6. 6. <ul><li>Din-i Ilahi </li></ul><ul><li>Akbar took very seriously Abu'l Fazl's idea that he was a spiritual leader of his people and he devoted considerable amounts of time and resources to sorting out the common truth in the multiple religions he ruled over. From this concern he developed a new religion he called Din-i Ilahi , or &quot;The Religion of God.&quot; Believing, as Muslims do, that every faith contained the essential truth that God is unified and one thing, he sought to find the unifying aspects of all religions. </li></ul>
  7. 7. <ul><li>Fatehpur Sikri </li></ul><ul><li>Akbar's closest and most beloved religious advisor was an Islamic Sufi mystic, Shayk Salim Chishti. After years of having no son and heir, the birth of Jahangir seemed to fulfill one of Salim Chishti's prophecies. In gratitude to his former religious advisor and to Allah, Akbar set about building what he theorized as the &quot;perfect city,&quot; one that would represent the power of his empire, the meaning of God's message to humanity, and would ensure perfect harmony. </li></ul>
  8. 8. <ul><li>The Last Three Great Emperors </li></ul><ul><li>Akbar had put in place an efficient administration and a set of political relationships between the Mughal court and local Hindu kingdoms that ensured a peaceful empire for the remainder of his life. He was followed by three more great emperors, each with their own faults, who expanded Akbar's empire through conquest and built Mughal culture to its highest points. Strangely, the success of both of these projects—expansion of the empire and the development of more and more resplendent artifacts of Mughal culture—inevitably contributed to the later decline of the Empire . </li></ul>
  9. 9. <ul><li>Jahangir </li></ul><ul><li>Akbar was succeeded by his favorite son, Jahangir, who ruled the empire from 1605 to 1628. Jahangir did not pursue military conquest as forcefully as his father, but he did manage to assert Mughal rule over the Bengal in eastern India. Akbar had claimed that any kingdom that was not expanding was in decline, but the later decades of Akbar's rule were in general peaceful and uneventful. Akbar spent most of his time concerned with administration, culture, the arts, and his new religion, Din-i Ilahi , rather than pursuing wars of conquest. Jahangir seems to have inherited the attitude of the older Akbar, for he lavishly patronized the arts: painting, architecture, philosophy, and literature, while ignoring military conquest. The period of Jahangir's tenure as Emperor is considered the richest period of Mughal culture; Indian, Muslim, and Western scholars have named this period, the age of Mughal splendor. </li></ul>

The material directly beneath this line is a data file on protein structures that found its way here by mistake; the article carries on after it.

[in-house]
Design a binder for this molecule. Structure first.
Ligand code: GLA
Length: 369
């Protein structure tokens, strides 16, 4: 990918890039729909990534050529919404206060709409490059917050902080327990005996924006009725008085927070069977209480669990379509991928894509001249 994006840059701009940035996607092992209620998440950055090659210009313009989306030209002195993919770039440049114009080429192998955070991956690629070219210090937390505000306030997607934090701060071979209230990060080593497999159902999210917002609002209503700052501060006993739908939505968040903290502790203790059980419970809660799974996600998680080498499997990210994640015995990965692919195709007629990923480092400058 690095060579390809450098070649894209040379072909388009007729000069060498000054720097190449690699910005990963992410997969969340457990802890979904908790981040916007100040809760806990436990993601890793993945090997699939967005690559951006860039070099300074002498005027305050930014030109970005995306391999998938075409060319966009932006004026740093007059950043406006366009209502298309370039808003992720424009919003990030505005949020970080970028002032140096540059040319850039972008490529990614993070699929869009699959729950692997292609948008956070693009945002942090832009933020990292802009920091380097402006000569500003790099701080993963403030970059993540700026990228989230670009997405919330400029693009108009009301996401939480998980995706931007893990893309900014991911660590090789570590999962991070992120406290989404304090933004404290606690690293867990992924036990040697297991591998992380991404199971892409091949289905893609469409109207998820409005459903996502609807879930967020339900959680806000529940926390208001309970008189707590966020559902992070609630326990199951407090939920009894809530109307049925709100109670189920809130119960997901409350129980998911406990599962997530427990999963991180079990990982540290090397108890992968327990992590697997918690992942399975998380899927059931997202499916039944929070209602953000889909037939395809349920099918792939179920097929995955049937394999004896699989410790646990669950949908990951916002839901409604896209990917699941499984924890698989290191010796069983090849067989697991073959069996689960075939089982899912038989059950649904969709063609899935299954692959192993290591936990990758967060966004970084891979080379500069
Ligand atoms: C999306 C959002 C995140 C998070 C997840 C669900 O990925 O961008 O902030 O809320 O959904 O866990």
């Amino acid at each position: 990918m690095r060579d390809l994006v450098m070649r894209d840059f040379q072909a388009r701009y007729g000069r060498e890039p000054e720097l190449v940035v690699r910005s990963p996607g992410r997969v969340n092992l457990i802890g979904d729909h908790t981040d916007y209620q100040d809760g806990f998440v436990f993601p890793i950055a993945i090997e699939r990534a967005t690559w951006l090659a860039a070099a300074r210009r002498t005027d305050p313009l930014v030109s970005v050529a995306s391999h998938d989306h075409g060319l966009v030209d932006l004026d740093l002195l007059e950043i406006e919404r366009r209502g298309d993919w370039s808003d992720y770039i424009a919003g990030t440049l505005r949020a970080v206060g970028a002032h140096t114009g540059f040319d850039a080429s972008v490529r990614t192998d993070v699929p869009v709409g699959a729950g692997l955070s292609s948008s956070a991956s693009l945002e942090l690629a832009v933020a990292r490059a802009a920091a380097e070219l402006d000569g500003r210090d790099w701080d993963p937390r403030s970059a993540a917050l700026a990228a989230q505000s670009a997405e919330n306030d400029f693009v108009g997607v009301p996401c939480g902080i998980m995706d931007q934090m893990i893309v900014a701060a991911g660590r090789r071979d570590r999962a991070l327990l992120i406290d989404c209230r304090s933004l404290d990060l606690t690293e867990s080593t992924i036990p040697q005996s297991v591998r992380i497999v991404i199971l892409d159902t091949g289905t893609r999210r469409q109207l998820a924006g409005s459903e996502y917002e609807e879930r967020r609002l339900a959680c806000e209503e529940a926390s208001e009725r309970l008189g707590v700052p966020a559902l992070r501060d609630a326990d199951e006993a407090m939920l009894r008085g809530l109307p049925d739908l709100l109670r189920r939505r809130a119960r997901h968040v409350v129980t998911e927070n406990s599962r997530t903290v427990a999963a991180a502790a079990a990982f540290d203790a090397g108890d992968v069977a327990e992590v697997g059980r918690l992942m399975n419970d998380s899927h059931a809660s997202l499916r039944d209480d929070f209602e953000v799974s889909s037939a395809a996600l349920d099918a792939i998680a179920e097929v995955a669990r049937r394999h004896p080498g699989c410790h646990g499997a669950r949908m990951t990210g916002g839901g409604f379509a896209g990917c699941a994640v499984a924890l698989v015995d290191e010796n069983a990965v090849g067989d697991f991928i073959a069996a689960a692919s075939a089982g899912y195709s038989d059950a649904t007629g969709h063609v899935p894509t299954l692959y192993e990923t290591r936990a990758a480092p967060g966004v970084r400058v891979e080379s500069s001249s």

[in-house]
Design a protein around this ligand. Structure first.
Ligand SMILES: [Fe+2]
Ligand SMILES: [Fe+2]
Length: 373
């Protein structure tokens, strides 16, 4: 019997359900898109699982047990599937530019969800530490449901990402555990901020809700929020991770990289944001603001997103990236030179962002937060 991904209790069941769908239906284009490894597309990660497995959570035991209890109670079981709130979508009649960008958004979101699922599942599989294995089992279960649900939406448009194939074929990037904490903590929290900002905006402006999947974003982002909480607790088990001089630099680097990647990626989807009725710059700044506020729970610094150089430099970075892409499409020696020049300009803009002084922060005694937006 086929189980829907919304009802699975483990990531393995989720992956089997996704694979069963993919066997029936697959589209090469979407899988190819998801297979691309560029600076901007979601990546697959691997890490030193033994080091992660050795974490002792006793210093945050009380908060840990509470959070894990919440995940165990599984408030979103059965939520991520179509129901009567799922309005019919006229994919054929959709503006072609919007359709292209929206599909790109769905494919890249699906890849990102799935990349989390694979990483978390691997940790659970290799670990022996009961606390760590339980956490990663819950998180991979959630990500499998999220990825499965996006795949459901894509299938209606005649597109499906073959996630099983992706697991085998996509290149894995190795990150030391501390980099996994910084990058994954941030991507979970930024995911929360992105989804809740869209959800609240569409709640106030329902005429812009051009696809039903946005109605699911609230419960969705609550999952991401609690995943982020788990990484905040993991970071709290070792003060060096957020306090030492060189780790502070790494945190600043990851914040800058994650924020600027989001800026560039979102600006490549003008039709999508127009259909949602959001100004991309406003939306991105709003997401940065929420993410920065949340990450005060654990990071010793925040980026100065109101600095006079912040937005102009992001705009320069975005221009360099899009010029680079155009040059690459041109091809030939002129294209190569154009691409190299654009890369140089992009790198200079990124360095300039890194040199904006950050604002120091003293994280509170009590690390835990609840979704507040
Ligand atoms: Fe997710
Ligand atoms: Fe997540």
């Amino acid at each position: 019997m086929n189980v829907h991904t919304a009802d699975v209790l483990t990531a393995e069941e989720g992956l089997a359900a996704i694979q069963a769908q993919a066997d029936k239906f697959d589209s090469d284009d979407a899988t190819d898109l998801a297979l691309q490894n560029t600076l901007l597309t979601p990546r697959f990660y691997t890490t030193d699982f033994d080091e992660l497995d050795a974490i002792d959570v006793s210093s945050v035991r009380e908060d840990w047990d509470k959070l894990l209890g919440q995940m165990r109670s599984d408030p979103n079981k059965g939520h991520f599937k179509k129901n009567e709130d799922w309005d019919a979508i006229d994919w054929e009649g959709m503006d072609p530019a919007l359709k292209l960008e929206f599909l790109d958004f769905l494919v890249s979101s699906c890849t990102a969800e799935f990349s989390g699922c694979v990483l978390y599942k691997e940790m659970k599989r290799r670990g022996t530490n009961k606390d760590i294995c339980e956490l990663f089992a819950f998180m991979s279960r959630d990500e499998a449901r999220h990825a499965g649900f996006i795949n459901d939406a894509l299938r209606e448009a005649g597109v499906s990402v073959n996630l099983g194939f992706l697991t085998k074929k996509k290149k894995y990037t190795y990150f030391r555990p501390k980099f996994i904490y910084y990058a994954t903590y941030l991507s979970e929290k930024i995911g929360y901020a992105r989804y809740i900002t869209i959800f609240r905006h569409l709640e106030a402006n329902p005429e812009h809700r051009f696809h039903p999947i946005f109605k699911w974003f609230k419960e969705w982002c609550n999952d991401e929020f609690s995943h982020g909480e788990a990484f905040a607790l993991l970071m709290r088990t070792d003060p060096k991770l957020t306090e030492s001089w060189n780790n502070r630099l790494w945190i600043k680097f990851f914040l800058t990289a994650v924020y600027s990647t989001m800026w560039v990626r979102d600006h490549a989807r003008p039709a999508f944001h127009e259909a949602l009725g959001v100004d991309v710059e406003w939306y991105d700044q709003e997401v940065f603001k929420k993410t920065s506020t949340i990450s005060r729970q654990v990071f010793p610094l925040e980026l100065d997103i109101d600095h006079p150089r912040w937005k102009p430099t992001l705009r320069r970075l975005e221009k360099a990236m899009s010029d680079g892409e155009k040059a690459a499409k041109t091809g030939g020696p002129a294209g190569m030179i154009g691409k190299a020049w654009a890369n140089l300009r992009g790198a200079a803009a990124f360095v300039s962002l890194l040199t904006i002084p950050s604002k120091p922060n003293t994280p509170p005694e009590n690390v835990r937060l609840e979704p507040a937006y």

10. 11. <ul><li>Shah Jahan </li></ul><ul><li>Jahangir's successor, Shah Jahan (ruled 1628-1658), inherited Akbar's obsession with the military and wars of conquest. Although Jahangir had ruled relatively peacefully, the Empire was starting to come apart at the accession of Shah Jahan. The new emperor threw himself into military pursuits: he put down a Muslim rebellion in Ahmadnagar, repulsed the Portugese in the Bengal, and conquered parts of the Deccan. By the end of his reign, the empire was again expanding and the Mughals seemed firmly in charge. </li></ul>
  11. 12. <ul><li>Aurangzeb </li></ul><ul><li>Like the Ottomans, the Mughals had no clear set of rules regarded succession to the throne. They believed, as the Ottomans, that God would choose the most worthy successor. In reality, this produced seriou s conflicts as each emperor aged. The first real succession crisis occurred near the end of Shah Jahan's reign. The conflict between Shah Jahan's sons ended with the victory of Aurangzeb, who imprisoned his father in 1658 (he died in 1666) and executed his older brother. </li></ul>
  12. 13. <ul><li>A characteristic Indo-Islamic-Persian style that flourished on the Indian subcontinent during the Mughal empire (1526–1857). This new style combined elements of Islamic art and architecture , which had been introduced to India during the Delhi Sultanate (1192–1398) and had produced great monuments such as the Qutb Minar , with features of Persian art and architecture . Mughal monuments are found chiefly in N India, but there are also many remains in Pakistan. This article discusses these distinctive forms of art and architecture as they developed under a succession of Mughal emperors. </li></ul>ART AND Architecture